The Strategic Planning Process
During the summer of 2013, it was determined that a third Strategic Plan for the Canal Fulton Public Library was needed to guide the library into the future. A survey was conducted during the summer of 2014. Survey results were shared along with pertinent census data of the community. A Planning Committee that included library department heads and community stakeholders helped to identify the most important and various roles the library should play in the future to best meet the needs of the community. State Library of Ohio Consultant Evan Struble facilitated a focus group in November 2014. During that session 13 questions were asked that addressed topics including library communications, materials, quality of services and resources, and the future needs of the community. Afterword, responses were sorted and translated into “Service Responses” that the community’s public library would be capable of satisfying. The final task of the Planning Committee was to define the most important Service Responses from the list that they felt the Canal Fulton Public Library should focus on during the next 5 year period.
The Service Responses
The Planning Committee chose the following Service Responses as being most important for the Canal Fulton Public Library to focus on over the next 5 years:
- Stimulate Imagination: materials, services and programs to enhance leisure time.
- Satisfy Curiosity: resources and programs to explore topics of interest and lifelong learning.
- Create Young Readers: children from birth to age five will have programs and services designed to ensure that they will enter school ready to learn to read, write and listen.
- Make Informed Decisions: resources to help users make decisions.
- Visit A Comfortable Place: residents will have safe and welcoming physical places to meet and interact with others or sit quietly and read and will have open accessible virtual spaces that support social networking.
Once the Service Responses were chosen, it was the duty of library department heads and the library director to write the actual strategic plan. Library department heads were asked to formulate goals and objectives that addressed the chosen service responses. The library department heads and library director met in many sessions to address the ways in which their respective departments, and the library as a whole, could address the needs of the community.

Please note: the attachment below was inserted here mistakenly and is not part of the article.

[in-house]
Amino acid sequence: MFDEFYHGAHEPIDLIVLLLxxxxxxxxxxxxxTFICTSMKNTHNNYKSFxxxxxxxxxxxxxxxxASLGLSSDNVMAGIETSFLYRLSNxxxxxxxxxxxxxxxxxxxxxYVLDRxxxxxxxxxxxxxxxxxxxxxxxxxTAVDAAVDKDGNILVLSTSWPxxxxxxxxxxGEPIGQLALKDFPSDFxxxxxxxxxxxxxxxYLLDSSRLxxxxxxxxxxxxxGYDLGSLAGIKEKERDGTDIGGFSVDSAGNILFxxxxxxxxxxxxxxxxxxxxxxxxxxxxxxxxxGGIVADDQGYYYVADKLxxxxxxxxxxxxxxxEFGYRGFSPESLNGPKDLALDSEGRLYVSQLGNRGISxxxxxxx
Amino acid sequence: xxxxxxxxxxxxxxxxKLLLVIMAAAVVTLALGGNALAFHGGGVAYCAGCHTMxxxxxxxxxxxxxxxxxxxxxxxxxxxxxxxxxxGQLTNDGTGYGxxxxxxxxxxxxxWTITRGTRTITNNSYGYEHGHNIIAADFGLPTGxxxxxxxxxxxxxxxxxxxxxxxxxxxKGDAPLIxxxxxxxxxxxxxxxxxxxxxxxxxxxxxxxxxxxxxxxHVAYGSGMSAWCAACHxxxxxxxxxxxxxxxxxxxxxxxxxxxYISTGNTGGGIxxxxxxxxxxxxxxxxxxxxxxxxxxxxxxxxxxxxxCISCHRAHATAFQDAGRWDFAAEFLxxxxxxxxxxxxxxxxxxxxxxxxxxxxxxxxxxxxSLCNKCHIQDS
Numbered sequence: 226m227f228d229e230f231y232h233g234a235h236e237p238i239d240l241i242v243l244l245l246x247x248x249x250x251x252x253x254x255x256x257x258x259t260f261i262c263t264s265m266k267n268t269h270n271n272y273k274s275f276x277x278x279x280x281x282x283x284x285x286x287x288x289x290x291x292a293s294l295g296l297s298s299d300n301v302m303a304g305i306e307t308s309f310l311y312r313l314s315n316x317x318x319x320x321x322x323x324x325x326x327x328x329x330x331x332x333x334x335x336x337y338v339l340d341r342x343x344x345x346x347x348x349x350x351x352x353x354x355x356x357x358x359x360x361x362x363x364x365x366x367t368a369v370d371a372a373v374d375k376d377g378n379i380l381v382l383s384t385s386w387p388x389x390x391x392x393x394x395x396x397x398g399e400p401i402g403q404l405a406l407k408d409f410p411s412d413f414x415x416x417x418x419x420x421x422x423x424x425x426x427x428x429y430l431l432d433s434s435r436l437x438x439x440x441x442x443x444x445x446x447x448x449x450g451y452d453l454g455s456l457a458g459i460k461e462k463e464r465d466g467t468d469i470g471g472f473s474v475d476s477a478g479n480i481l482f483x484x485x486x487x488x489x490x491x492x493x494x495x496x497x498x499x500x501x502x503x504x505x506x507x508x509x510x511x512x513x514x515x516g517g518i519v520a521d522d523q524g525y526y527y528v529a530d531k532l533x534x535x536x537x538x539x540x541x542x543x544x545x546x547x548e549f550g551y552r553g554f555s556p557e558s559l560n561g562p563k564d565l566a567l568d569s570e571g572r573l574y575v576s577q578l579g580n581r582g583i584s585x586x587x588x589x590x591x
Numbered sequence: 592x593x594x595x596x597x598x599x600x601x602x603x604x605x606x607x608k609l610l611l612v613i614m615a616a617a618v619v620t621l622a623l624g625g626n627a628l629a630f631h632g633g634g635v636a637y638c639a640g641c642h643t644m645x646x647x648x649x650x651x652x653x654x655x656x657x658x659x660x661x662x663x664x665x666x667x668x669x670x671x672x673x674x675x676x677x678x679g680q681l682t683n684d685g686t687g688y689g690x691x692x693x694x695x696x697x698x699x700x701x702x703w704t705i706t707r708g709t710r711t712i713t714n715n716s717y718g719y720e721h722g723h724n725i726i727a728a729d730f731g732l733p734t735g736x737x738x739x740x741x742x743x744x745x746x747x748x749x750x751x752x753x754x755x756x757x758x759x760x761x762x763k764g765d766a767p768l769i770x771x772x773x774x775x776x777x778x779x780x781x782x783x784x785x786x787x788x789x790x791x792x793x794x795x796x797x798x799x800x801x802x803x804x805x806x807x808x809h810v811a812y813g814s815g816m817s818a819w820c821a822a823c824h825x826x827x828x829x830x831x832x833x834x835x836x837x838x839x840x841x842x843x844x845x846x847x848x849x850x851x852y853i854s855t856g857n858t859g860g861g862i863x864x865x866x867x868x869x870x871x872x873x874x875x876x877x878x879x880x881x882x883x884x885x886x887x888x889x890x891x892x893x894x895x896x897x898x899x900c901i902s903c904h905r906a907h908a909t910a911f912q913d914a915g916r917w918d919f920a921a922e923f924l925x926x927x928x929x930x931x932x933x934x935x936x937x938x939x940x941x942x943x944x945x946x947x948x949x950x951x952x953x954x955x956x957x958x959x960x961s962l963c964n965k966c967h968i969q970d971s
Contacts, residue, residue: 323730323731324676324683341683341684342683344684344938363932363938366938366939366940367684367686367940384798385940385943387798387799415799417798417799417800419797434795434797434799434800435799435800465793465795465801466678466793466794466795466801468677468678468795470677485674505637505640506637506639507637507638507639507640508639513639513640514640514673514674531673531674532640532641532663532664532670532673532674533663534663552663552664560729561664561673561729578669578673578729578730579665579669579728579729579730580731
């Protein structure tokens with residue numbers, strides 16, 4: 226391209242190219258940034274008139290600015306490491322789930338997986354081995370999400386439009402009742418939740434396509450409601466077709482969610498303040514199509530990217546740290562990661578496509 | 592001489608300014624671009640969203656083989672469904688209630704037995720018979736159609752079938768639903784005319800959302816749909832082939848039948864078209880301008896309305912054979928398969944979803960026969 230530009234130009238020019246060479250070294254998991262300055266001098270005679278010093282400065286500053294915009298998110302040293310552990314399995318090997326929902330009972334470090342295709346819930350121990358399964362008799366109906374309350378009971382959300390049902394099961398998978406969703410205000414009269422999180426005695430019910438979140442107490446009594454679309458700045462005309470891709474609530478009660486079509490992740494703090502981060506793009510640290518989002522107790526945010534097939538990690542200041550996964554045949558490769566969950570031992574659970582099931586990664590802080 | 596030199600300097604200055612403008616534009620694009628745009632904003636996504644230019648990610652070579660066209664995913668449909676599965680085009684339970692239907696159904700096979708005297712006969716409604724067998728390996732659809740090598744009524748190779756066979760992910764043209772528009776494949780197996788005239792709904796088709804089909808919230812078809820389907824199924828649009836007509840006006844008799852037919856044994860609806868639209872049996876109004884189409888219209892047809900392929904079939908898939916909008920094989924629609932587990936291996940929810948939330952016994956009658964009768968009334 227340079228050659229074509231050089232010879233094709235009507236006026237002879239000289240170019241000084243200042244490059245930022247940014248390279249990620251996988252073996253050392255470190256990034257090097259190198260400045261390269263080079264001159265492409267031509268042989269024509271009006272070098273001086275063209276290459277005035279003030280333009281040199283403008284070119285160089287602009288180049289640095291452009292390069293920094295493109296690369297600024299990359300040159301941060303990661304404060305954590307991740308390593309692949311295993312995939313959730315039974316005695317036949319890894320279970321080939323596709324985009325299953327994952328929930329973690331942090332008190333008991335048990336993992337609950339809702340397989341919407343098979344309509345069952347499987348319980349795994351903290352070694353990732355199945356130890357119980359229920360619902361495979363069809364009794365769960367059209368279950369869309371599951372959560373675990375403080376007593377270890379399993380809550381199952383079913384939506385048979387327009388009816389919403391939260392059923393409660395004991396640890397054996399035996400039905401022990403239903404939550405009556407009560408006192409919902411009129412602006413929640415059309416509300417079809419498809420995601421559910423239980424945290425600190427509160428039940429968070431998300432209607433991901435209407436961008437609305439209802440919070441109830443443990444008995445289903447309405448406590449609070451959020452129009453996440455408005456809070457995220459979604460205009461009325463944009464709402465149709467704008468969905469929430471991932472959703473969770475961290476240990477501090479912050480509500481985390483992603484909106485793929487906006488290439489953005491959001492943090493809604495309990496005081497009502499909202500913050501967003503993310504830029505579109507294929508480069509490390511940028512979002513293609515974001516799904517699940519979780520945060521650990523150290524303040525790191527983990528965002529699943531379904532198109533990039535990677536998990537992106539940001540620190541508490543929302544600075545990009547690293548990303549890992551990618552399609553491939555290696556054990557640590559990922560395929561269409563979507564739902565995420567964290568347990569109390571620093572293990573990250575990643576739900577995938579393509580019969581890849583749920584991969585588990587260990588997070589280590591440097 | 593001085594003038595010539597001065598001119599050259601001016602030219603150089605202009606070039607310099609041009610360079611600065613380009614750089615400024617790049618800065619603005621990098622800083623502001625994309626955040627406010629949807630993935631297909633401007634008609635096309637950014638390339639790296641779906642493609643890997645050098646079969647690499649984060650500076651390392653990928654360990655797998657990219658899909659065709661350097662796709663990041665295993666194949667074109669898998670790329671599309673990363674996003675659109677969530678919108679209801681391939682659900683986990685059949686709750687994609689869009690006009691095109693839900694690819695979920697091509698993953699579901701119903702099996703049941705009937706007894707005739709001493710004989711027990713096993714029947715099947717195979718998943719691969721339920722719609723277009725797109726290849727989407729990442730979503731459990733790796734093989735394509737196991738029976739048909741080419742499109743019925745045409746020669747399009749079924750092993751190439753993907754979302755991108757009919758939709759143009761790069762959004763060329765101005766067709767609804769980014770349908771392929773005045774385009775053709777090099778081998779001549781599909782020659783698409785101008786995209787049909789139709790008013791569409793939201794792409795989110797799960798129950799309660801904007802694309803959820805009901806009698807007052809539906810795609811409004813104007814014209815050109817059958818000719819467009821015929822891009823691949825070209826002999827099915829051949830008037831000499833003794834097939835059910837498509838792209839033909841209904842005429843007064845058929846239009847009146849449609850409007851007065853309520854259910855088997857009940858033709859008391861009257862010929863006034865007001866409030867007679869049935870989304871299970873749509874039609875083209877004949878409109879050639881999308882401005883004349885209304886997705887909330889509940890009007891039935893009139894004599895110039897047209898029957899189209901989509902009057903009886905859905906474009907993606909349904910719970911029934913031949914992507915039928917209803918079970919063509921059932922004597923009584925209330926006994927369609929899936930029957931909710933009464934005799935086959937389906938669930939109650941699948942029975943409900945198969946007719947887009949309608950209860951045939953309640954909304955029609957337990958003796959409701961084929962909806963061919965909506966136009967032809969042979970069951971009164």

The third Strategic Plan for the Canal Fulton Public Library will cover the time period January 2015 through the end of December 2019. At the beginning of each calendar year the plan will be reviewed and objectives assigned to the appropriate departments/staff members for implementation during the year. During the year 2019, the completed Strategic Plan will be evaluated and the task of writing a new plan will be undertaken.
The Canal Fulton Public Library is a school district library dedicated to creating a library that works for all. We have a deep sense of responsibility to administer the library for the benefit of our stakeholders: customers, patrons, employees, donors, service providers, groups, local governments, and the communities and environment that make up our district. We are grateful to our many readers, authors, supporters, and friends of the library who consider themselves to be part of the CFPL community.
Adoption of the Plan
A final draft of the strategic plan was adopted at the Board meeting on 12/09/2015. The members of the Canal Fulton Public Library Board of Trustees are: